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Generation Adequacy Task Force Results of the 2012 Loss of Load Study January 18, 2013

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2 Overview A Loss-of-Load study is conducted to develop recommendations regarding changes to the ERCOT Target Reserve Margin (currently 13.75%) and the Effective Load-Carrying Capability (ELCC) of wind generation resources (currently 8.7%) ERCOT completed the previous study in November 2010 Completion of this study was delayed due to incorrect wind generation data Differences between the previous and current studies: –The new study uses 15 years (1997-2011) of load and wind data, with more detailed & consistent modeling which maintains the correlation between wind and load. Old study used 5 weather years with no correlation between wind patterns and load shapes. –Updated unit outage information (although significant gaps in the availability and quality of unit outage data remain) –Separate analyses of the ELCC of wind resources in coastal counties (Cameron, Kenedy, San Patricio, and Willacy counties) and the rest of ERCOT The primary drivers of the likelihood of loss-of-load conditions in these studies are: –Reliability of the resource fleet –Variability of the weather-driven load January 18, 2013

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3 Weather-Driven Load Variability In this study, the increased variability of recent weather conditions will have a significant impact on results. January 18, 2013 This chart shows the top 200 hours for seven of the 15 weather years used in this study (all years modeled with 2014 economic conditions). The year 2004 was the mildest year; the year 2011 was the most extreme.

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4 Agenda Review of loss-of-load study methodology Description of specific input data and methodology used in this study Discussion of weather data used to develop hourly loads and the likelihood of reoccurrence Discussion of study results January 18, 2013

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5 Background: What’s the Purpose of a Loss-of-Load Study Used to define the likelihood of a rare occurrence – in this case, system conditions in which there is insufficient generation available to serve customer demand (called a loss-of-load event) The more resources that are available compared to the expected load to be served, the less likely there will be loss-of- load events –Resources are typically quantified in terms of reserve margin – the percent of resources above expected peak customer demand –If there are 60,000 MW of resources available and forecasted peak customer demand is 50,000 MW, then there are 10,000 MW of resources above expected peak customer demand, and 10,000/50,000 = 20% reserve margin Reserve Margin = Reserve resources/Forecasted peak demand We use a loss-of-load study to define the relationship between reserve margin and the likelihood of loss-of-load events January 18, 2013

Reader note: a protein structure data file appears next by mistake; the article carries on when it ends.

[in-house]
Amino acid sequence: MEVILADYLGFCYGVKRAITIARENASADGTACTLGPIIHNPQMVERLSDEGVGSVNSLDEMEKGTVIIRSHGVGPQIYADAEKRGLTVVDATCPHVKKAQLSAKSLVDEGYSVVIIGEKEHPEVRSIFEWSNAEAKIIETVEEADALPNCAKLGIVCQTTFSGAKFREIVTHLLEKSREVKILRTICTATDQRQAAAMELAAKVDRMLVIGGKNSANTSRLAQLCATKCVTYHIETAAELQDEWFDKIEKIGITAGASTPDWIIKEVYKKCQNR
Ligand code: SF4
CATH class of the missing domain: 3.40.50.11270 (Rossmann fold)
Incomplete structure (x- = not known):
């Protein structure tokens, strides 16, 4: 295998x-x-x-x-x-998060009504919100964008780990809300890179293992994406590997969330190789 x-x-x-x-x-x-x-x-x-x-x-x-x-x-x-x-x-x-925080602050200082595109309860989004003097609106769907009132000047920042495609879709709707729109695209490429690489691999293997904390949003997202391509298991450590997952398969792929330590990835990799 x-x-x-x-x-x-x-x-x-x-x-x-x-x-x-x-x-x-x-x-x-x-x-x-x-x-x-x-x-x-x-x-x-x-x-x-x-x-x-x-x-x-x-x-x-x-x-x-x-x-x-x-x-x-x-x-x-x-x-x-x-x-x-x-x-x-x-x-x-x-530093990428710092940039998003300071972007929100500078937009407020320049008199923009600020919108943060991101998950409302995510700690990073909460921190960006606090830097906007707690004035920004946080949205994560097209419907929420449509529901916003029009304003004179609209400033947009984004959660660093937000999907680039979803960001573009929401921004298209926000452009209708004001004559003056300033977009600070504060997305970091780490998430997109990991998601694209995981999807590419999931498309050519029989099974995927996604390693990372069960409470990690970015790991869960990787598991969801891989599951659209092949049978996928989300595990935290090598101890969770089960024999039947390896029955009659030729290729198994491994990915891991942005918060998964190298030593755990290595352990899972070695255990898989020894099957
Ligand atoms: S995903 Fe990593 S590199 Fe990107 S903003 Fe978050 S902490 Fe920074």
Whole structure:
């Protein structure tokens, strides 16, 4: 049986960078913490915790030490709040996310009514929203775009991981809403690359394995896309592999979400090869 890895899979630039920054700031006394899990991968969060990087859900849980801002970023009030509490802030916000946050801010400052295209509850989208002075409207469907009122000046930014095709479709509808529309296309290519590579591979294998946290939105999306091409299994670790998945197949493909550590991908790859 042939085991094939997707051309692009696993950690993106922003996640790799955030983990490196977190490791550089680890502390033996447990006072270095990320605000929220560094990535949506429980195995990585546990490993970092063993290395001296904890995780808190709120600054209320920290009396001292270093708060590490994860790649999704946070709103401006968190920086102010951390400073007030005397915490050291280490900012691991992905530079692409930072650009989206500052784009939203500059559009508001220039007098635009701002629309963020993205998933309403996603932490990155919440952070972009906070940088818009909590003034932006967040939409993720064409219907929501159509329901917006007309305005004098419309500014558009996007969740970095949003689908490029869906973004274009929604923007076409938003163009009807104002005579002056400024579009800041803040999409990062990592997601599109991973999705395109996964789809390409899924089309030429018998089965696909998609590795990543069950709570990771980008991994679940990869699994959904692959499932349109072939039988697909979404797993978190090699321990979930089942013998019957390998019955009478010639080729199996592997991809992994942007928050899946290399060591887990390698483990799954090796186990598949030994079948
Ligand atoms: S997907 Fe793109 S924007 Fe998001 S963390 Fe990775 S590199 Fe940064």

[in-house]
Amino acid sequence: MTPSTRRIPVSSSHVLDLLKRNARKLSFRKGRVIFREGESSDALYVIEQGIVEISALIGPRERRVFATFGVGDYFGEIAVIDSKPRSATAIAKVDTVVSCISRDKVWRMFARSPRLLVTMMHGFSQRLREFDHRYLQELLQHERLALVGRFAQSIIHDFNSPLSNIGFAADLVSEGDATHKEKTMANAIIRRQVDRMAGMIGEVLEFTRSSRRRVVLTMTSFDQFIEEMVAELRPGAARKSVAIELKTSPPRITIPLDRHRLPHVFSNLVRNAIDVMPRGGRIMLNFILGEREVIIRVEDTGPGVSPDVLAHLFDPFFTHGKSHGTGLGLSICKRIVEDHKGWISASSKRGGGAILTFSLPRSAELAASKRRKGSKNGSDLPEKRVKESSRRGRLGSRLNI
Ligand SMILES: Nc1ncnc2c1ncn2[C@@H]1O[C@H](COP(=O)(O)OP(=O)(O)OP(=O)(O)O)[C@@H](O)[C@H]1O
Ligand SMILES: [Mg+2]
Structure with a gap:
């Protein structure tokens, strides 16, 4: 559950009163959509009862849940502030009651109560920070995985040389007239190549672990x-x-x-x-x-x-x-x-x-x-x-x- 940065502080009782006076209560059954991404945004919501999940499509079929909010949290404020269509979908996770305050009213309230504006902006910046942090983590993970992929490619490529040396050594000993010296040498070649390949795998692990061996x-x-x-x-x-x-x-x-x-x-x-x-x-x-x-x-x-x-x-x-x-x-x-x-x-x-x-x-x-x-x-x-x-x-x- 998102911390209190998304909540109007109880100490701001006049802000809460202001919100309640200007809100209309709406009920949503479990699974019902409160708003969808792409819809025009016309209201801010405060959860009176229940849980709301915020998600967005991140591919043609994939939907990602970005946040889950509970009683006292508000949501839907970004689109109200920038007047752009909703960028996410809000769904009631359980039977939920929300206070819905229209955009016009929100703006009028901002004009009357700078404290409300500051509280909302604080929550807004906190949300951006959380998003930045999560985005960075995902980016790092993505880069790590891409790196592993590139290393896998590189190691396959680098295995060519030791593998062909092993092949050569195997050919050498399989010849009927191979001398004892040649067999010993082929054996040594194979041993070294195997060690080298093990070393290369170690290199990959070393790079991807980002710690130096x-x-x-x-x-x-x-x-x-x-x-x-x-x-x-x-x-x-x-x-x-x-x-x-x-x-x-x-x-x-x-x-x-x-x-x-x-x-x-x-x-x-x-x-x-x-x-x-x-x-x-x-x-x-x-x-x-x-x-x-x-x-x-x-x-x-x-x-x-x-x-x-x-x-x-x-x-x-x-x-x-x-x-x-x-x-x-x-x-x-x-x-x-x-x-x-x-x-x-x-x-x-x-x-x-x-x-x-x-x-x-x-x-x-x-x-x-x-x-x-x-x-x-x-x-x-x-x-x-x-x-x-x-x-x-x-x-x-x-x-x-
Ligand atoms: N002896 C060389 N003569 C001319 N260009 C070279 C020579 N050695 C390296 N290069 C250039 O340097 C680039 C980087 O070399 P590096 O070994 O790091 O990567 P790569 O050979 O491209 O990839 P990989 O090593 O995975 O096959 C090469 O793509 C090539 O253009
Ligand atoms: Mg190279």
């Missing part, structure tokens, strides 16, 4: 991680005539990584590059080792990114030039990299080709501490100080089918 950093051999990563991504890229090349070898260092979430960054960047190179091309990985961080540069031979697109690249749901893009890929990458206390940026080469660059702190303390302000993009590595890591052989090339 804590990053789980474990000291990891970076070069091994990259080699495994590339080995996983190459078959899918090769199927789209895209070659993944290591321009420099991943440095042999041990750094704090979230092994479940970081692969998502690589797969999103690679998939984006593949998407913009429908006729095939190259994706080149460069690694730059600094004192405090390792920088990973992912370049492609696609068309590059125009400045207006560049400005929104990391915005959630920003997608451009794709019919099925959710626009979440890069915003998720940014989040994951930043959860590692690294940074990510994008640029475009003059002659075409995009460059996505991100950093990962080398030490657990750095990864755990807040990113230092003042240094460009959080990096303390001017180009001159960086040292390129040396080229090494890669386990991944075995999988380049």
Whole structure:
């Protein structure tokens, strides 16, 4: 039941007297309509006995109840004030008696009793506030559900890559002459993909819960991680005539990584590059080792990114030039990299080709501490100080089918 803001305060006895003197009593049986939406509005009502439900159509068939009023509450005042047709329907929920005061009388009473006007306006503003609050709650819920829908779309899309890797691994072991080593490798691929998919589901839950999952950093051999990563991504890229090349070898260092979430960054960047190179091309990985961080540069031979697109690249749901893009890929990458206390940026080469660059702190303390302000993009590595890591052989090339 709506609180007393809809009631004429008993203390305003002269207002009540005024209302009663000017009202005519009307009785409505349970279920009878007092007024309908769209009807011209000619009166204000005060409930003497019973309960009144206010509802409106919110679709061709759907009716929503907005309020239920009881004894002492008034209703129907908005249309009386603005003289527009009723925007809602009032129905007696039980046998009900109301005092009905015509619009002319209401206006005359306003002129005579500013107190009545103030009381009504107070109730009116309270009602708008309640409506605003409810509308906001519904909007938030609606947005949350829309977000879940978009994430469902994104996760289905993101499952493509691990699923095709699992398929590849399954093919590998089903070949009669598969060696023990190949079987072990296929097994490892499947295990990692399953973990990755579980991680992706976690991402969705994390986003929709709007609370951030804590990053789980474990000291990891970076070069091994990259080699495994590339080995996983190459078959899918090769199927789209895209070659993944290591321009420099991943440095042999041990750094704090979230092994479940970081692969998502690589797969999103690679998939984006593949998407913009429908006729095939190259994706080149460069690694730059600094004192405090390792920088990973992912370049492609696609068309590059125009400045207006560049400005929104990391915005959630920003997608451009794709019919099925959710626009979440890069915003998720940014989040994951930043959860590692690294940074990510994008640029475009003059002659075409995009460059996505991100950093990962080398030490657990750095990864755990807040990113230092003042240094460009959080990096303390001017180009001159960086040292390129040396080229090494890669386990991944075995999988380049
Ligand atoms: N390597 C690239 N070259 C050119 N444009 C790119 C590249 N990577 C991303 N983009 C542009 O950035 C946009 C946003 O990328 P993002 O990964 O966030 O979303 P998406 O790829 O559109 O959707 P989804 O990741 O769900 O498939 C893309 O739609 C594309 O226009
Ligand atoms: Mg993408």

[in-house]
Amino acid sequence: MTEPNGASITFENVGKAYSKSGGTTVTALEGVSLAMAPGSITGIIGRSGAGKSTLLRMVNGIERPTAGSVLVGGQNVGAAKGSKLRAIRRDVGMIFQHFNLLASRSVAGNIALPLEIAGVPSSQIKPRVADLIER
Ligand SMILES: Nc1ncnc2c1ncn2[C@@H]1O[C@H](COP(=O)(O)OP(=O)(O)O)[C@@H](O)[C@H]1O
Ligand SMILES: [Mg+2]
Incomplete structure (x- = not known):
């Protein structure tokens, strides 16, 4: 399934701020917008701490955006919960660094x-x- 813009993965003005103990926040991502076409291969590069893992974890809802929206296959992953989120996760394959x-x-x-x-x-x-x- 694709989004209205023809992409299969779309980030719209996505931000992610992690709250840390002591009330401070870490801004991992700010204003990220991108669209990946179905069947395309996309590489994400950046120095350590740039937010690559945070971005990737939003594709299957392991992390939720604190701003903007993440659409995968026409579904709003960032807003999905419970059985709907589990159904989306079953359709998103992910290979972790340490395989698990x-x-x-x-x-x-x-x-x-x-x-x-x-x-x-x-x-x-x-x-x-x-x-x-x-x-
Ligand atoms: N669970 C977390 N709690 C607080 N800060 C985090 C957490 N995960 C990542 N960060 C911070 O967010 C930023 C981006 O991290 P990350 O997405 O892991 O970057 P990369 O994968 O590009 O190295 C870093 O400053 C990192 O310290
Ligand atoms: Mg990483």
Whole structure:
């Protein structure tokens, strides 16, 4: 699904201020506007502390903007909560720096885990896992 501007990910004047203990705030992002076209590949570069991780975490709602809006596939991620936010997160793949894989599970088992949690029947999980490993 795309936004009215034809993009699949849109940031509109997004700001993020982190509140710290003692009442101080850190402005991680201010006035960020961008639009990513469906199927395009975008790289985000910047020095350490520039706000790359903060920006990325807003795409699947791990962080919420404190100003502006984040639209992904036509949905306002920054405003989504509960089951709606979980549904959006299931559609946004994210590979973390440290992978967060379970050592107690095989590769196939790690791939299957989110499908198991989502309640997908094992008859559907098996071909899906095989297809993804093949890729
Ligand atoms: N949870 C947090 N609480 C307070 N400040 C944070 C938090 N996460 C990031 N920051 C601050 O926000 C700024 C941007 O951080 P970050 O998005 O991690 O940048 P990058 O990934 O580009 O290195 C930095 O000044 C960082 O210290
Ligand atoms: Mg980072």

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6 Background: Probability Review You can calculate the likelihood of rolling two ones with a pair of dice using probabilities: 1/6 x 1/6 = 1/36 But if someone handed you a pair of dice, and you didn’t know if they were fair (evenly weighted), you would have to start throwing them and seeing what results you got. After a few hundred throws, you could add up the occurrences of each number, and divide by the number of throws to get the likelihood of each number. We can define the likelihood of an event by counting the number of occurrences and dividing by the number of attempts If the dice is fair, you’ll get the same result as above. –Using probability theory or an iterative process will lead to the same result. January 18, 2013

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7 Background: Probability Review II What if the system were more complex – like how many times will you win if you play several state lottery games every week? If you can program how the system operates (in this case all the rules and probabilities of the lottery games) in a computer program, you can run the computer simulation for hundreds or even thousands of iterations. In each iteration, the program’s random number generator will give a different result. If you count up the number of times you win as reported by the computer program, and divide by the number of iterations, you will get the likelihood of winning, the same as rolling the dice. January 18, 2013